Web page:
A new version of a classic online scam is percolating on Twitter. And while anyone even halfway paying attention likely wouldn’t fall for it, the trick has already raked in thousands of dollars of ethereum and bitcoin in less than a week.
The scheme itself is pretty straightforward: Attackers make Twitter handles that closely mimic the verified accounts of well-known figures like Elon Musk, John McAfee, or Ethereum co-founder Vitalik Buterin. Then they respond to one of those genuine tweets, giving the appearance of having started a thread, in which they claim that they’ll send a significant quantity of cryptocurrency (like 2 bitcoin) to anyone who sends a smaller amount of currency (like 0.02 bitcoin) to a particular wallet. Yup, that’s it. As of publication, you can see new attempts popping up on Twitter every few minutes.
“It’s like a social media impersonation mixed with a classic Nigerian prince scam,” says Crane Hassold, a threat intelligence manager at the security firm PhishLabs, who previously worked as a digital behavior analyst for the FBI. “Twitter will likely start blocking the accounts making the posts, but the level of effort needed for this scam is so low that it’ll probably be a cat and mouse game, and the return on investment at the beginning will be pretty good for the actor.”
The scheme also closely resembles a popular trick in the game Eve Online, in which scammers post “send a little, get a lot” promises to collect Eve’s in-game currency (known as ISK) in its Jita solar system, which acts as the commerce center. Like cryptocurrency, ISK is stored in electronic wallets for digital transactions.
‘The level of effort needed for this scam is so low that it’ll probably be a cat and mouse game’
Crane Hassold, PhishLabs
The Twitter version, which started cropping up on February 1, doesn’t appear to be a total blockbuster, since most people know to avoid “send a little, get a lot” setups. (Not to mention that Elon Musk probably wouldn’t randomly give out a ton of bitcoin for no reason through Twitter. We think.) Still, many of the bitcoin and ethereum wallets the attackers set up do have a low key stream of payments coming in. For example, one wallet posted in a fake John McAfee tweet, which promised 20 bitcoin for every 0.02 received, racked up 0.184 bitcoin within hours. At current prices that’s about $1,500. Not a gold rush, but also not bad for a scam that takes so little effort.
“It’s all a statistics game. They aren’t targeting folks who need to be convinced, they’re targeting folks who will knee-jerk react,” says Tinker, a researcher from the Dallas Hackers Association who was early to spot the scam. “By lessening the length of the message, it makes the scam more consumable. Combine that with impersonating famous people sending out popular tweets and the fall of bitcoin—folks are desperate to get a gain on their loss.”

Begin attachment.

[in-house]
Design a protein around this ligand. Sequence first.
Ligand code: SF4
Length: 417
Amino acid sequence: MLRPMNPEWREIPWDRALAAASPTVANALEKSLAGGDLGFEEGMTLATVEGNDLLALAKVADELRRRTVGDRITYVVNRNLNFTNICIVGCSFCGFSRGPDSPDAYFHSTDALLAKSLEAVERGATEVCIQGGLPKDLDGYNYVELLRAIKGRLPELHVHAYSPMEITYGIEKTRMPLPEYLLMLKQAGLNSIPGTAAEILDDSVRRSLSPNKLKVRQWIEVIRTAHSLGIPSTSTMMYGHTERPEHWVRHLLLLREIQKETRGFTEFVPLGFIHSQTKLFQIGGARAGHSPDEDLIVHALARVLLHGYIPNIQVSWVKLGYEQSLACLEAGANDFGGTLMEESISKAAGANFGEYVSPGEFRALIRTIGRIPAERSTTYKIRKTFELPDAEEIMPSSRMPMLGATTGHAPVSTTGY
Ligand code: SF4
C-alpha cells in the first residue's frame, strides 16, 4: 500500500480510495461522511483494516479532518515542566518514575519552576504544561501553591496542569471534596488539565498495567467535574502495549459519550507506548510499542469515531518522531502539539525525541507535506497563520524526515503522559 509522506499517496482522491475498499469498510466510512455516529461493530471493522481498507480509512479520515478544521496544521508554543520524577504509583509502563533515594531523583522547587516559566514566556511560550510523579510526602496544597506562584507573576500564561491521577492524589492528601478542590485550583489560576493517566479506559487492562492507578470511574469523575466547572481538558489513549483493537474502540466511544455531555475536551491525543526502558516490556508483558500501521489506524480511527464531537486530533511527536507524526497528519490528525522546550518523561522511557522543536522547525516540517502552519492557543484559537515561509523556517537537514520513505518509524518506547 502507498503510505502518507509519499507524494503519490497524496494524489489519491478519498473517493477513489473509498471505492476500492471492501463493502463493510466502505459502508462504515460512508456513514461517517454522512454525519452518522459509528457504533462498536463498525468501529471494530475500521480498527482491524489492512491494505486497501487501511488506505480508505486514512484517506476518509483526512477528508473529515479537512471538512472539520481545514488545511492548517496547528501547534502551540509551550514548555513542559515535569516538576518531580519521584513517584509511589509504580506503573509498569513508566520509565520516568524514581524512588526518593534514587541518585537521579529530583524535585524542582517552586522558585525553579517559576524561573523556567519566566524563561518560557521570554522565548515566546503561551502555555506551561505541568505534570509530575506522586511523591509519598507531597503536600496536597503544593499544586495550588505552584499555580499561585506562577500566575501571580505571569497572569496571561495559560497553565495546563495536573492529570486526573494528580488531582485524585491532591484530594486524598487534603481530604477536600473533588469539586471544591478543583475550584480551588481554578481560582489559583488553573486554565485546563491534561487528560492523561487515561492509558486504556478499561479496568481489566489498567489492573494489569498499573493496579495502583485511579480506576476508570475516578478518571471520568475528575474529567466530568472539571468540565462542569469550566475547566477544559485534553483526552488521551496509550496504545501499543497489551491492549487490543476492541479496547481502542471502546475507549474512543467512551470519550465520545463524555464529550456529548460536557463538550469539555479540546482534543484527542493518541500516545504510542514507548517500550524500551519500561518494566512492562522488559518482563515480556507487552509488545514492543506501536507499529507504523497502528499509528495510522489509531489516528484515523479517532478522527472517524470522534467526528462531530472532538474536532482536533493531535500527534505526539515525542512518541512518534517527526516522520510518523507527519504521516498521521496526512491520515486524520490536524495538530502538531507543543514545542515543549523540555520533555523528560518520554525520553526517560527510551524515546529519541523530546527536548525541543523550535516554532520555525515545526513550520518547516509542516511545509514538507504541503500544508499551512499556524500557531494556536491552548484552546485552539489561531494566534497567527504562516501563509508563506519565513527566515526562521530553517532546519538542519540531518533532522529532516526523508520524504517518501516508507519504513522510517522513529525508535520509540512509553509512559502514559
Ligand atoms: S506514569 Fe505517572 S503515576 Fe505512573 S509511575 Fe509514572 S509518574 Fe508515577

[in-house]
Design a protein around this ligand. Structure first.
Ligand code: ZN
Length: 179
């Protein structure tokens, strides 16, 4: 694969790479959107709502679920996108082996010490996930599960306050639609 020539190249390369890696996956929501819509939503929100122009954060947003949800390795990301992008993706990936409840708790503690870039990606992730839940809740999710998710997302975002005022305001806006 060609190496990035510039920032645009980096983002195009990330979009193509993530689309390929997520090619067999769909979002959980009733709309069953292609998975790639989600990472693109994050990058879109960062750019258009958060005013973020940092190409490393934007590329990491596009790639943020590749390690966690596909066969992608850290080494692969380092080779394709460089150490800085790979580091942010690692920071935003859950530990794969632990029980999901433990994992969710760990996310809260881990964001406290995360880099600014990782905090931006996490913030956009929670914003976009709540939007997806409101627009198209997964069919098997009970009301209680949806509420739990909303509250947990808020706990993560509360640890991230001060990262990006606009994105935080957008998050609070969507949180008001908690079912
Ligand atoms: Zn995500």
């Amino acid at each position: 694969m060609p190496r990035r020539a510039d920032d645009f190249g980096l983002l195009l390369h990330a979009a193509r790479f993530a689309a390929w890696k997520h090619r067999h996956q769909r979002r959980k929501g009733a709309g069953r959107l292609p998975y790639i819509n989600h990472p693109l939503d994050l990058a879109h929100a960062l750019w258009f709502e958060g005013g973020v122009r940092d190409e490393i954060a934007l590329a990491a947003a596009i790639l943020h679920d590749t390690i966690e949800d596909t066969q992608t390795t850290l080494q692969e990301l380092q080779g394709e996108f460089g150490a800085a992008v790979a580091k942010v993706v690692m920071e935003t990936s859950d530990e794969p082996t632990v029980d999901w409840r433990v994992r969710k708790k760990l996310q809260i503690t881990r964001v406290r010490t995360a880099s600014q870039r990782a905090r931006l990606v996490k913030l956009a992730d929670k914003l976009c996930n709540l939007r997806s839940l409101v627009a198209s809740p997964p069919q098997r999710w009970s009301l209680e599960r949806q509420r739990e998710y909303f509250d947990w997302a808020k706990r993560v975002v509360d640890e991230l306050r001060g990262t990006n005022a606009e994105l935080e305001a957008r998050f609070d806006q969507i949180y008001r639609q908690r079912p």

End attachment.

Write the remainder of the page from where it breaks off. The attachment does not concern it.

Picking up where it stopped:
As the price of cryptocurrencies has soared—and then crashed back down—scammers have capitalized on the booms and preyed on victims of the busts. The hustles are diverse, including all different types of phishing, spamming, and the notorious development of bogus initial coin offerings, but social media impersonation has a role in many of them, perhaps because so much discussion, speculation, and misinformation about cryptocurrency takes place there.
One attempt to identify bogus accounts impersonating prominent cryptocurrency community members is the new Chrome Extension “EtherSecurityLookup.” Created by web developer Harry Denley, who also makes the anti-phishing tool “EtherAddressLookup,” the new extension checks Twitter accounts against a whitelist of legitimate cryptocurrency community members, and flags handles that are too similar as potentially problematic.
Impersonation on social media is an ongoing problem, but these rackets violate the user agreements of pretty much every service, and platforms like Twitter can discourage them by playing whack-a-mole with the malicious accounts. And scams that are easy for fraudsters to run never totally go away, because it doesn’t take much investment to do them as quick one-offs. “It’s like any of the old school schemes,” PhishLabs’ Hassold says. “They’re somehow still around, because there are always people who are going to fall for it.”